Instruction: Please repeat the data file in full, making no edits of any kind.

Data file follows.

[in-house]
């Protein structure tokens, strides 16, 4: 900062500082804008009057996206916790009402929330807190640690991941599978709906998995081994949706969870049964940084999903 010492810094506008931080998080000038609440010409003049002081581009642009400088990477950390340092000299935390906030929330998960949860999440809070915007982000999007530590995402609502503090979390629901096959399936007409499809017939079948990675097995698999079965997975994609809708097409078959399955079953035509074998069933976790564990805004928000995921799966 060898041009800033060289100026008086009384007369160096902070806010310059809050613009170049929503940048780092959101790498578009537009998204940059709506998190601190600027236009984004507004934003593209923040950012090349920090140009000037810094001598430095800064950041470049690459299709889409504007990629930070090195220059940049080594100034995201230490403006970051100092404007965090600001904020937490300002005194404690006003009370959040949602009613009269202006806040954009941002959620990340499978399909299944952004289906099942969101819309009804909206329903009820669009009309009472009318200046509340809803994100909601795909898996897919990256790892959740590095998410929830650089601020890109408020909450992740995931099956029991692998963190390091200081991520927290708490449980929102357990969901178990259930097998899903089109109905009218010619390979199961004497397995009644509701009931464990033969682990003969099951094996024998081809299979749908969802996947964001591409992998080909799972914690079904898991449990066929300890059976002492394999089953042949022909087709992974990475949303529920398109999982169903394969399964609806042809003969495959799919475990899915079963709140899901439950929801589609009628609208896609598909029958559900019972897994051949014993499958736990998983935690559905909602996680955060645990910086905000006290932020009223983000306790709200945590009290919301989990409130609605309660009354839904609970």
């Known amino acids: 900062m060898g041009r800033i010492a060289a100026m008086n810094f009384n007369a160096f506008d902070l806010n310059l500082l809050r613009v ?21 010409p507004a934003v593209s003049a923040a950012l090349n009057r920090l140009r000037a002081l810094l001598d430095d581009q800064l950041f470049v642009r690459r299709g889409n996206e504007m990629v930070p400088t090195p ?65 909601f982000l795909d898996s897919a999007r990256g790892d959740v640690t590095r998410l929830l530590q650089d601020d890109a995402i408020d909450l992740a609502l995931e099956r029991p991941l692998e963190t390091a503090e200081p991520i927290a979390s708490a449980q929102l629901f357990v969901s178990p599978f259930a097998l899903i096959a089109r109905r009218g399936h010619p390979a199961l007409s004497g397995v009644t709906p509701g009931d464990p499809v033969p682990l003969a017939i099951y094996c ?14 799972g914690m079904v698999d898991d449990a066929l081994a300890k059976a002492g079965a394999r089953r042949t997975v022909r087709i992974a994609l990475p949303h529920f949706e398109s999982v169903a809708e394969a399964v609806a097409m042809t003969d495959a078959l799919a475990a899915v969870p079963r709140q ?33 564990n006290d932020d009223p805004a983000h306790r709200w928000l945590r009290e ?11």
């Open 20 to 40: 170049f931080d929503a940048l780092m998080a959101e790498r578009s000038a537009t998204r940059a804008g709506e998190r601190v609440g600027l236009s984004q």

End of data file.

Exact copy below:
[in-house]
């Protein structure tokens, strides 16, 4: 900062500082804008009057996206916790009402929330807190640690991941599978709906998995081994949706969870049964940084999903 010492810094506008931080998080000038609440010409003049002081581009642009400088990477950390340092000299935390906030929330998960949860999440809070915007982000999007530590995402609502503090979390629901096959399936007409499809017939079948990675097995698999079965997975994609809708097409078959399955079953035509074998069933976790564990805004928000995921799966 060898041009800033060289100026008086009384007369160096902070806010310059809050613009170049929503940048780092959101790498578009537009998204940059709506998190601190600027236009984004507004934003593209923040950012090349920090140009000037810094001598430095800064950041470049690459299709889409504007990629930070090195220059940049080594100034995201230490403006970051100092404007965090600001904020937490300002005194404690006003009370959040949602009613009269202006806040954009941002959620990340499978399909299944952004289906099942969101819309009804909206329903009820669009009309009472009318200046509340809803994100909601795909898996897919990256790892959740590095998410929830650089601020890109408020909450992740995931099956029991692998963190390091200081991520927290708490449980929102357990969901178990259930097998899903089109109905009218010619390979199961004497397995009644509701009931464990033969682990003969099951094996024998081809299979749908969802996947964001591409992998080909799972914690079904898991449990066929300890059976002492394999089953042949022909087709992974990475949303529920398109999982169903394969399964609806042809003969495959799919475990899915079963709140899901439950929801589609009628609208896609598909029958559900019972897994051949014993499958736990998983935690559905909602996680955060645990910086905000006290932020009223983000306790709200945590009290919301989990409130609605309660009354839904609970």
């Known amino acids: 900062m060898g041009r800033i010492a060289a100026m008086n810094f009384n007369a160096f506008d902070l806010n310059l500082l809050r613009v ?21 010409p507004a934003v593209s003049a923040a950012l090349n009057r920090l140009r000037a002081l810094l001598d430095d581009q800064l950041f470049v642009r690459r299709g889409n996206e504007m990629v930070p400088t090195p ?65 909601f982000l795909d898996s897919a999007r990256g790892d959740v640690t590095r998410l929830l530590q650089d601020d890109a995402i408020d909450l992740a609502l995931e099956r029991p991941l692998e963190t390091a503090e200081p991520i927290a979390s708490a449980q929102l629901f357990v969901s178990p599978f259930a097998l899903i096959a089109r109905r009218g399936h010619p390979a199961l007409s004497g397995v009644t709906p509701g009931d464990p499809v033969p682990l003969a017939i099951y094996c ?14 799972g914690m079904v698999d898991d449990a066929l081994a300890k059976a002492g079965a394999r089953r042949t997975v022909r087709i992974a994609l990475p949303h529920f949706e398109s999982v169903a809708e394969a399964v609806a097409m042809t003969d495959a078959l799919a475990a899915v969870p079963r709140q ?33 564990n006290d932020d009223p805004a983000h306790r709200w928000l945590r009290e ?11």
């Open 20 to 40: 170049f931080d929503a940048l780092m998080a959101e790498r578009s000038a537009t998204r940059a804008g709506e998190r601190v609440g600027l236009s984004q």